My Thoughts About Wounded Little Gods by Eliza Victoria (Book Review #117)

Eliza Victoria is really taking the theme of Philippine folklore and Philippine urban fantasy to a whole new level! I really did not imagine that there will come a time that I will fully believe that local gods and deities worshiped by our ancestors do really exist and they live and walk with us without us noticing. This book really made me believe that.

Eliza Victoria is the author of Dwellers which won the 2015 Philippine National Book Development Board National Book Award for Fiction Novel in English which I also enjoyed reading. Check out review here. Wounded Little Gods is one of the books that I bought on this year’s Manila International Book Fair.

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The book follows the story of Regina, a young lady who moved from his rural home to the city to work. She became friends with one of her workmates, Diana. Regina was able to know more about Diana when she got the chance to visit where Diana stays. She was able to see Diana’s collection of books about eugenics which totally intrigued her. I made a simple research about it and Merriam-Webster defines eugenics as a science that tries to improve the human race by controlling which people become parents. Now that’s the light definition. Hitler somewhat used that belief in exterminating the Jews when he was in power. As the History News Network puts it, “eugenics was the racist pseudoscience determined to wipe away all human beings deemed “unfit,” preserving only those who conformed to a Nordic stereotype.” Now that’s creepy. Well, I myself would also be weirded out and intrigued if those are the majority of the books that I see if I visit a friend’s house. That discovery by Regina will somehow make sense as the story progressed. The book’s tension immediately picks up it’s momentum with Diana missing and Regina trying to unravel the mystery behind her disappearance. Before Diana has gone missing, Regina was left with a map that lead her back to her hometown, Heridos. A town that has a rich history. History that will take readers back to the ages where people still worship gods to the time that science took over.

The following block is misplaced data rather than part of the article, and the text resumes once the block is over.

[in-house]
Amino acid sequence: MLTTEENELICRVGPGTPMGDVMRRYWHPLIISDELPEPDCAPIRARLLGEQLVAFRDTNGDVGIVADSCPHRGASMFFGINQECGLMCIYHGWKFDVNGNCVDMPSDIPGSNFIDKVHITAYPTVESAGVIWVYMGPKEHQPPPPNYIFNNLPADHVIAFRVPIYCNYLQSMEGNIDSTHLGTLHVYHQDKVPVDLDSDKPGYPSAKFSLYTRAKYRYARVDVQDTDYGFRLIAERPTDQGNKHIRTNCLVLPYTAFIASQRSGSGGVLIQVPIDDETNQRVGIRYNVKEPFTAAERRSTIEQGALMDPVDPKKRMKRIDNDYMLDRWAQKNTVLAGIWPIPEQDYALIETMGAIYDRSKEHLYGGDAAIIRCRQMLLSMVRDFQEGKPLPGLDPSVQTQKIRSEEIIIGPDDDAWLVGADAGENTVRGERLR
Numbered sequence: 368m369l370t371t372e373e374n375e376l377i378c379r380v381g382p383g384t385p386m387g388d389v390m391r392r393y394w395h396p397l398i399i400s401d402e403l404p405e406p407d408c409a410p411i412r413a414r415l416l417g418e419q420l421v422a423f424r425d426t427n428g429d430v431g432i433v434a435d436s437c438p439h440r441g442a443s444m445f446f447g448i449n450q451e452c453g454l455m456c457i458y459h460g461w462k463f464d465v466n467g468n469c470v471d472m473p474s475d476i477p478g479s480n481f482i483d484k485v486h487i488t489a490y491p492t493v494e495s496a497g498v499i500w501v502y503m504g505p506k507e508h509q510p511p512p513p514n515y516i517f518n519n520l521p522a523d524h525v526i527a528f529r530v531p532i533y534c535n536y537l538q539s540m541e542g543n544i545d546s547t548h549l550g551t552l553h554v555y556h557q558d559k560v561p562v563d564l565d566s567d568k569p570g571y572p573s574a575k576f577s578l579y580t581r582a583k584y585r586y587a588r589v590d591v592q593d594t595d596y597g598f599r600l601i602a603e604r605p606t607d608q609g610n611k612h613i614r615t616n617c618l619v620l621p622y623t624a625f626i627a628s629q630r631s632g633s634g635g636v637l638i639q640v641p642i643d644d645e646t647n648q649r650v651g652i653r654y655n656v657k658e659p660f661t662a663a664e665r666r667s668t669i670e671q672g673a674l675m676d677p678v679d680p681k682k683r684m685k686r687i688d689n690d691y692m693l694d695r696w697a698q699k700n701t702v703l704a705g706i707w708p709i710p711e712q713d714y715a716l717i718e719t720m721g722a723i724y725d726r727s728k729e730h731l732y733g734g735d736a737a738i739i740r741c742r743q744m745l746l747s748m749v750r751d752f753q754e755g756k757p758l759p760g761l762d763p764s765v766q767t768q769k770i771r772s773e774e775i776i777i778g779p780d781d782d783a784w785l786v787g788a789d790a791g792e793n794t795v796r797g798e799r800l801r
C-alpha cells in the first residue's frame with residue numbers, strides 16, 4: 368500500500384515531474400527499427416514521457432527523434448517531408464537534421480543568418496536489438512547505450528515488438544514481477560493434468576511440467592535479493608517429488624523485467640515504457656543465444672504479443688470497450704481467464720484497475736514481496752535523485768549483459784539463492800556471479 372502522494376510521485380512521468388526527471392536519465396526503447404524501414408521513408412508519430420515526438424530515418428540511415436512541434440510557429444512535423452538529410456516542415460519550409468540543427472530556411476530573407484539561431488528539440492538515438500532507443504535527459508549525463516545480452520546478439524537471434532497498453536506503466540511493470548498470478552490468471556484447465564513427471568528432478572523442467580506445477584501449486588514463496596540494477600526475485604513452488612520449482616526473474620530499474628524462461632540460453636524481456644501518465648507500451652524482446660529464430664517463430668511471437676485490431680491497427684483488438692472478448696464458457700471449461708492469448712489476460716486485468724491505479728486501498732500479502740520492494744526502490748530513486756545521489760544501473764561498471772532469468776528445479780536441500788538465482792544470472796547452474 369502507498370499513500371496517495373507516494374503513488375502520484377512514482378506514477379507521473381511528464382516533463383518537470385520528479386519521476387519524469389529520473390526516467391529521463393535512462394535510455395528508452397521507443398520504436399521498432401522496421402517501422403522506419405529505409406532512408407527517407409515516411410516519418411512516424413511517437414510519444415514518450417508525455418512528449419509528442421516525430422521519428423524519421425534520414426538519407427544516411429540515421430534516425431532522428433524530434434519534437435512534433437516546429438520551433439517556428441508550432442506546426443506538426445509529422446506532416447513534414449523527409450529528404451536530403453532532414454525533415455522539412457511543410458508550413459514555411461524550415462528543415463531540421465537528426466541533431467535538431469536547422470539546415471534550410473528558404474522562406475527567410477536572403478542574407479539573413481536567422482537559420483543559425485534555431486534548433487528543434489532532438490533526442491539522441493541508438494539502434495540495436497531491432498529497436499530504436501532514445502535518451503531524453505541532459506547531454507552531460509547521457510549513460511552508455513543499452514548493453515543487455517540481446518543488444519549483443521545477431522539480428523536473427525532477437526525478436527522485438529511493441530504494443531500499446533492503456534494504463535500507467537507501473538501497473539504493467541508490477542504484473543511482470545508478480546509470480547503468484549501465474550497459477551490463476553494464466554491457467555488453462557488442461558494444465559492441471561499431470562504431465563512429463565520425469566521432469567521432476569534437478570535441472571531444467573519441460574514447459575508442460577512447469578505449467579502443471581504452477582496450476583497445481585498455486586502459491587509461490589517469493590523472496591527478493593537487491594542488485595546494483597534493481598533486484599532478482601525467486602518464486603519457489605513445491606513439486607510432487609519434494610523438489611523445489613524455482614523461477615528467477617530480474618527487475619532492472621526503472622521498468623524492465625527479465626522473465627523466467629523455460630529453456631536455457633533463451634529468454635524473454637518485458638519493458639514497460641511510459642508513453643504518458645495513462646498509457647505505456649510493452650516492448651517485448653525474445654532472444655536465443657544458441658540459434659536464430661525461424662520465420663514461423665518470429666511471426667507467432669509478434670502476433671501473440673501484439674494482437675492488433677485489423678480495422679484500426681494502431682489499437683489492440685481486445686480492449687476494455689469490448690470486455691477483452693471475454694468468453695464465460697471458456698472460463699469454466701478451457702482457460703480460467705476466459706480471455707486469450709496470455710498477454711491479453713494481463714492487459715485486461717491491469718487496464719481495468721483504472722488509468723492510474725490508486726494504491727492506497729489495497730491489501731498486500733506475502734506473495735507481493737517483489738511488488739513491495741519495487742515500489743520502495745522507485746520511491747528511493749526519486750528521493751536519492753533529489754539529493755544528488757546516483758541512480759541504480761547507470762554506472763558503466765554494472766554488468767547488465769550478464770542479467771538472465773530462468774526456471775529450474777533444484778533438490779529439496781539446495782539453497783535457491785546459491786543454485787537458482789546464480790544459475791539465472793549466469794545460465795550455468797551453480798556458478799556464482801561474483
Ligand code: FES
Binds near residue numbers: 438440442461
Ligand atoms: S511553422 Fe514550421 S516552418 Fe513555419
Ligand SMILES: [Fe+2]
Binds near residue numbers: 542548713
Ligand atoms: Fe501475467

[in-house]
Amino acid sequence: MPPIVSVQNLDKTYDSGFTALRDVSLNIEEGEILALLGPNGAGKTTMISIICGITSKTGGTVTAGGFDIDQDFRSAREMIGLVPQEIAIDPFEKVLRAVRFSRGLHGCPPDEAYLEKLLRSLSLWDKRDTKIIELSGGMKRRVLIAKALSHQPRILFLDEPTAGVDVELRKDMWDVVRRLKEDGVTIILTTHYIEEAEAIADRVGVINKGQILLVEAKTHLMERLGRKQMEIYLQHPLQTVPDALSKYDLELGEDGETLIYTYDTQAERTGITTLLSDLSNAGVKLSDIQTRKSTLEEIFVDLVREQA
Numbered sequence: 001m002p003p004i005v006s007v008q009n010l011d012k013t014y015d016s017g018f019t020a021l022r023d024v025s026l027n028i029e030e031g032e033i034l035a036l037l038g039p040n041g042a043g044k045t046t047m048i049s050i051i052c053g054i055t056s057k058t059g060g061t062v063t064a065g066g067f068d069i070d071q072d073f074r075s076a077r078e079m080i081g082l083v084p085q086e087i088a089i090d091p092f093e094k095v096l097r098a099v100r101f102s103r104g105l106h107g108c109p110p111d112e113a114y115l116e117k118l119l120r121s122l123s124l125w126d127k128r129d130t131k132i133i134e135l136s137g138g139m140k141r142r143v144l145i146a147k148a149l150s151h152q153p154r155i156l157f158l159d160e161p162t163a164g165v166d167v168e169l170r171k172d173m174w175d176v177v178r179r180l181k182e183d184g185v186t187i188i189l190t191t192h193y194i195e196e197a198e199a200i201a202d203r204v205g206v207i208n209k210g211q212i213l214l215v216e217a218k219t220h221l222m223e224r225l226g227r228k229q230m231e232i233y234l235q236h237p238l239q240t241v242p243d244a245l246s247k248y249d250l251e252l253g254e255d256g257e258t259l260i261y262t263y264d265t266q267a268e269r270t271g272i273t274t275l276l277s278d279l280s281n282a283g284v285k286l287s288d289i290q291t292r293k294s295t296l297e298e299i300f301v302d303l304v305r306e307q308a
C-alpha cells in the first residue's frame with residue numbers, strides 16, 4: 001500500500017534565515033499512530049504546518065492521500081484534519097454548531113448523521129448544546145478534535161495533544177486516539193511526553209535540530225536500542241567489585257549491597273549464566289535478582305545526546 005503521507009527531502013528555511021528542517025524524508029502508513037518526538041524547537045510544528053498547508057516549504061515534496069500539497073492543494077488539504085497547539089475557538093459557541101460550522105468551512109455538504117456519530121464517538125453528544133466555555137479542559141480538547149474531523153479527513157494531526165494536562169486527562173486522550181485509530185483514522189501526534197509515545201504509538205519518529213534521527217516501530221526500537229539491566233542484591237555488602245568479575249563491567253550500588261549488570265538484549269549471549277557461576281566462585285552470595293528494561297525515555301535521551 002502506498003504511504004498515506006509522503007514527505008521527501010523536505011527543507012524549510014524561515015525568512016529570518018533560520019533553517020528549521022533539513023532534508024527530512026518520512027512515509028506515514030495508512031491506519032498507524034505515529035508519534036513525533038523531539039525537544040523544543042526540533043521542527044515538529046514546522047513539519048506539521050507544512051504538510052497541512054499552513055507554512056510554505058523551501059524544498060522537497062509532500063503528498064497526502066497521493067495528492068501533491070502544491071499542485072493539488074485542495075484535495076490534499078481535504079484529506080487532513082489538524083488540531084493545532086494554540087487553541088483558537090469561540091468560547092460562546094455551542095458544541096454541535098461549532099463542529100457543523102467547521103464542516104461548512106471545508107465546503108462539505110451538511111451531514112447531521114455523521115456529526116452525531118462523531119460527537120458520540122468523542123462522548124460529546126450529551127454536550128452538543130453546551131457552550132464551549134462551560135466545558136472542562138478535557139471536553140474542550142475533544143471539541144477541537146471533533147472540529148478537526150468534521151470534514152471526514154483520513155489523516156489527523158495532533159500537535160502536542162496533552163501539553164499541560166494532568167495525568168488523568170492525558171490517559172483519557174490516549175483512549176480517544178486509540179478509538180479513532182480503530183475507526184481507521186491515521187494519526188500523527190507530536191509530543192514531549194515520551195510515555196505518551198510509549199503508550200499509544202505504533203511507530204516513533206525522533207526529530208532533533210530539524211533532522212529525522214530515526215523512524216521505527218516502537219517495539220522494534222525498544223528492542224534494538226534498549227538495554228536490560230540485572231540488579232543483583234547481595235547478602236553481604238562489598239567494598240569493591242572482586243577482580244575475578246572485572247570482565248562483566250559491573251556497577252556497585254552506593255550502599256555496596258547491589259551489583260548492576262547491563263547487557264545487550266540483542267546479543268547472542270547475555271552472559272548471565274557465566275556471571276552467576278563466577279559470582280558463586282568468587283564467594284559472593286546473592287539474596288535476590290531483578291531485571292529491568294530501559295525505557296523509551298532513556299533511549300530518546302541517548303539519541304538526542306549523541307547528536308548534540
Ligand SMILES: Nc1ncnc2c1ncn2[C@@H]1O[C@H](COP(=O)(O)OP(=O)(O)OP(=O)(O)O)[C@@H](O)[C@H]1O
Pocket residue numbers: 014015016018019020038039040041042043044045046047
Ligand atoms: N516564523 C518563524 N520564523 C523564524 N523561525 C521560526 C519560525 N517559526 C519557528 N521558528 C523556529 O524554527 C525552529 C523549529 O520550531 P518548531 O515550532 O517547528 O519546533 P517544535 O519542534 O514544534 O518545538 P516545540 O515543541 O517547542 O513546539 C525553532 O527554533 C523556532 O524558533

Using her uncanny ability, she tried to piece every clue that she got. With no one else from whom she can ask help, she decided to work alone with her curiosity driving her to go on. She found herself in places that do not exist. Why is she the only one who can see and visit this creepy building in the middle of a prohibited lot? Met people who really are not who they appear to be. who are these people getting in the way of her search in knowing the truth? Who really is Diana? Discover her town’s secret that everyone wants to forget. what is this secret medical facility built in their town way back that offered “rehabilitation of kids” with attitudes considered by their families as unfit to the society which included “medical experiments” far advance at that time? And learned family revelations that made her almost question her own sanity. Is her family the perfect family like what she think it is?